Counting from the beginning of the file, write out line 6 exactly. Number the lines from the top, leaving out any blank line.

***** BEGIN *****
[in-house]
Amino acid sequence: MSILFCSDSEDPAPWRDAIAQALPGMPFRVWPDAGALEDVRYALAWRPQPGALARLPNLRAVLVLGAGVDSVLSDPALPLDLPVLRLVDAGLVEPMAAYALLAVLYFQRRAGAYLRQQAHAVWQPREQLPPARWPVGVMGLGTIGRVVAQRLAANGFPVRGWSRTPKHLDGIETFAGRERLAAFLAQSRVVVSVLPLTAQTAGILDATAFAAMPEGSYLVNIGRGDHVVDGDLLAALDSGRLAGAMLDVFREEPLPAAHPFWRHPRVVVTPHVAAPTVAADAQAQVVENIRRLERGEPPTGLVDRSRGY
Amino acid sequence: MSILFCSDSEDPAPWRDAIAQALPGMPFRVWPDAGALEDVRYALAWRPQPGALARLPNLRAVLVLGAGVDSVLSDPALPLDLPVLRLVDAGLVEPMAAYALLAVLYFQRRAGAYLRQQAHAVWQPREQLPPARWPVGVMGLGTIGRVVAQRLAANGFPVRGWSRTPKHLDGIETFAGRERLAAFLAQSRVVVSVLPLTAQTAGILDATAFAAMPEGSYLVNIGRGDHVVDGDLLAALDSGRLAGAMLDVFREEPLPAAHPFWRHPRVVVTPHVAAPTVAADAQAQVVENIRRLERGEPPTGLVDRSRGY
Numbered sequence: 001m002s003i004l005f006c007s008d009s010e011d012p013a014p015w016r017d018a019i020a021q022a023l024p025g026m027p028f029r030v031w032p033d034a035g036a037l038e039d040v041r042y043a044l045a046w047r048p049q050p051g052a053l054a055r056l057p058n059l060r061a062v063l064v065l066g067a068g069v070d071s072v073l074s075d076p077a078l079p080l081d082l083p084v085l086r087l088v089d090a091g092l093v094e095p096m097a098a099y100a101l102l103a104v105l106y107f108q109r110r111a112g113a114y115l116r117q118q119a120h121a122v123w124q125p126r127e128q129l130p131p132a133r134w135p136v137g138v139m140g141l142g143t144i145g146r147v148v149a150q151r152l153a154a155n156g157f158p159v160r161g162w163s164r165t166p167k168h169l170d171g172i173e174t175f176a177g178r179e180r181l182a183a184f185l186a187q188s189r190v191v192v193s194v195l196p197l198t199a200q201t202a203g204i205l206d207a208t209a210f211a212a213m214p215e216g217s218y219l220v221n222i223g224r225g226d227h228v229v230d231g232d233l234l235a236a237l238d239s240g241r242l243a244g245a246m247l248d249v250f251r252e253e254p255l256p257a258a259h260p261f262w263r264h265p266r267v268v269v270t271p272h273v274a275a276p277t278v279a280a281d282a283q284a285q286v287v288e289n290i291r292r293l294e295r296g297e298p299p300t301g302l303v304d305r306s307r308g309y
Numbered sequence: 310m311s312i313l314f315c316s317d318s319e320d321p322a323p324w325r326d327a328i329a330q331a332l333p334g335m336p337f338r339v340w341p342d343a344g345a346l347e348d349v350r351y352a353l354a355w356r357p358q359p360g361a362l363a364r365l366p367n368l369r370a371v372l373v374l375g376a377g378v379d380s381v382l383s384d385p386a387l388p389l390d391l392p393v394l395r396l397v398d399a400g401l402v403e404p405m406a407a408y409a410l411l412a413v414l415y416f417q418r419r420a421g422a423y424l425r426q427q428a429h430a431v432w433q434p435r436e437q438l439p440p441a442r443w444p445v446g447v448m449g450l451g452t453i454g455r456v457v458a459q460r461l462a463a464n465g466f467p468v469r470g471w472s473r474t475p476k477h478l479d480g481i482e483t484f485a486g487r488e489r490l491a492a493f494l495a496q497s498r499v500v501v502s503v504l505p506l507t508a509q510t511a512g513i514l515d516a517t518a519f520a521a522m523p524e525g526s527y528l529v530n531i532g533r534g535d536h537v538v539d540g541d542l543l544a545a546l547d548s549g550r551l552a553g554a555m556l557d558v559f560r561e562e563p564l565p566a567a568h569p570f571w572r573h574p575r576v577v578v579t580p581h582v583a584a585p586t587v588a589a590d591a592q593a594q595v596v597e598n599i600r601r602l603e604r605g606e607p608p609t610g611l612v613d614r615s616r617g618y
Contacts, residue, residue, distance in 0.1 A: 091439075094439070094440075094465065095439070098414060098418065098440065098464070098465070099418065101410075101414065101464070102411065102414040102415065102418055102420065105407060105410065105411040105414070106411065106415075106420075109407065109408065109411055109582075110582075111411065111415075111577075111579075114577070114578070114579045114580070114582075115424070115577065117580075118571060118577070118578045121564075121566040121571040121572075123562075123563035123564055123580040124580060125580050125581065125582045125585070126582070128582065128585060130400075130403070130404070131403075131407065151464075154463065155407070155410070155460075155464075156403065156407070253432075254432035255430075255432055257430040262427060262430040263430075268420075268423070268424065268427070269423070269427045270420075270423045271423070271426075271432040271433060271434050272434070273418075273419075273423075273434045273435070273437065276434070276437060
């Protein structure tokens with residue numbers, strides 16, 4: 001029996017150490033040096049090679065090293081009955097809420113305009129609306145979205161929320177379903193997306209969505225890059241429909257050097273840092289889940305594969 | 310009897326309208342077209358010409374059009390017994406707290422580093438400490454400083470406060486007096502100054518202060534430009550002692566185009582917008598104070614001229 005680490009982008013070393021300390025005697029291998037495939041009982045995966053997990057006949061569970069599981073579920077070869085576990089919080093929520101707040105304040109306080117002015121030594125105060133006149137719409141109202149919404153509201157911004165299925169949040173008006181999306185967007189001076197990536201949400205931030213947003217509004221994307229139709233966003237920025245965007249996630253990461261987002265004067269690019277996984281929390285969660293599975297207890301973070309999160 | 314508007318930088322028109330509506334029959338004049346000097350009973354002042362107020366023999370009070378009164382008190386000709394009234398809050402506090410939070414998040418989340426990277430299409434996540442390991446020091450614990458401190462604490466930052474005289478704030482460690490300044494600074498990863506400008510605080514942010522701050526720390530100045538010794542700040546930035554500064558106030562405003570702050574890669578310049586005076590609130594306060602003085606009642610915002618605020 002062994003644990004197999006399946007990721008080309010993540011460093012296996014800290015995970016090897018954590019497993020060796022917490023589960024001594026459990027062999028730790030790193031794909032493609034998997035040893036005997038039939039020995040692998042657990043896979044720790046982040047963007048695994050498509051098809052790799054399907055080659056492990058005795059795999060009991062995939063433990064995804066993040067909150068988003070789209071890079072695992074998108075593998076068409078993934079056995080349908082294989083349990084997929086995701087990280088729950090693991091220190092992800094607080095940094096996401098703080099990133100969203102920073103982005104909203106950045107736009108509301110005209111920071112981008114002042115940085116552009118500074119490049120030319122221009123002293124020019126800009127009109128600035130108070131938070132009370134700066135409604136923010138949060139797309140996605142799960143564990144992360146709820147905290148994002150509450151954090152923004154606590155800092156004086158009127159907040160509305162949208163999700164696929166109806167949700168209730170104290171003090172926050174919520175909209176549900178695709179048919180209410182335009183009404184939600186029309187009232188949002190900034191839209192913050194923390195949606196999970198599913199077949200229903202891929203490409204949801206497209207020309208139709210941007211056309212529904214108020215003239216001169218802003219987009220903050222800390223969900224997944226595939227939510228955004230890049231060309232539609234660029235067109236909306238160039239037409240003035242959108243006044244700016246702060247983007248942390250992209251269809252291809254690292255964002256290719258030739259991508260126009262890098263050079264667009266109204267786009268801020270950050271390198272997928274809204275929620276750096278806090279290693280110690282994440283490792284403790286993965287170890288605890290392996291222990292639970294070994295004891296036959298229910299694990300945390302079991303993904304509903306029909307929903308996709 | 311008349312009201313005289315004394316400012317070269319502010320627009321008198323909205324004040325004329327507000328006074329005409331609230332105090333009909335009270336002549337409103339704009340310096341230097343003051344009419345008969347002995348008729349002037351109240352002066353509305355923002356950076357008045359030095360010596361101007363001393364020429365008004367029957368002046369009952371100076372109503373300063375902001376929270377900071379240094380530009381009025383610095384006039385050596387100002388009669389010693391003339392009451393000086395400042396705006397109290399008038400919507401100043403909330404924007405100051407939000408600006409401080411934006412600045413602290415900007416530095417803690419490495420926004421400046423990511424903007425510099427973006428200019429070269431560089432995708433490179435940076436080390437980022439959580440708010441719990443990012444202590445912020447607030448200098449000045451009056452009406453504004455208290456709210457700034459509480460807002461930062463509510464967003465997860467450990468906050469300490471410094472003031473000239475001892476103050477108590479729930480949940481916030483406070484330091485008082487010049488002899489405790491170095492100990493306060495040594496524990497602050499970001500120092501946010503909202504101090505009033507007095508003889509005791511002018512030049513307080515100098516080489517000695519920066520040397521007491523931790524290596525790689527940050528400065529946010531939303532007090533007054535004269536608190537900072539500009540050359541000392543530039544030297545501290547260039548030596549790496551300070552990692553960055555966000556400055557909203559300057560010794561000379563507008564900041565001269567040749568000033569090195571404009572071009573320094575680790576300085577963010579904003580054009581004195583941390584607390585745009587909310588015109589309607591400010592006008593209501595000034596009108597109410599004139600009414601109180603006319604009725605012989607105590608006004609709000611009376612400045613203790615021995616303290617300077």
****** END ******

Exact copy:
Contacts, residue, residue, distance in 0.1 A: 091439075094439070094440075094465065095439070098414060098418065098440065098464070098465070099418065101410075101414065101464070102411065102414040102415065102418055102420065105407060105410065105411040105414070106411065106415075106420075109407065109408065109411055109582075110582075111411065111415075111577075111579075114577070114578070114579045114580070114582075115424070115577065117580075118571060118577070118578045121564075121566040121571040121572075123562075123563035123564055123580040124580060125580050125581065125582045125585070126582070128582065128585060130400075130403070130404070131403075131407065151464075154463065155407070155410070155460075155464075156403065156407070253432075254432035255430075255432055257430040262427060262430040263430075268420075268423070268424065268427070269423070269427045270420075270423045271423070271426075271432040271433060271434050272434070273418075273419075273423075273434045273435070273437065276434070276437060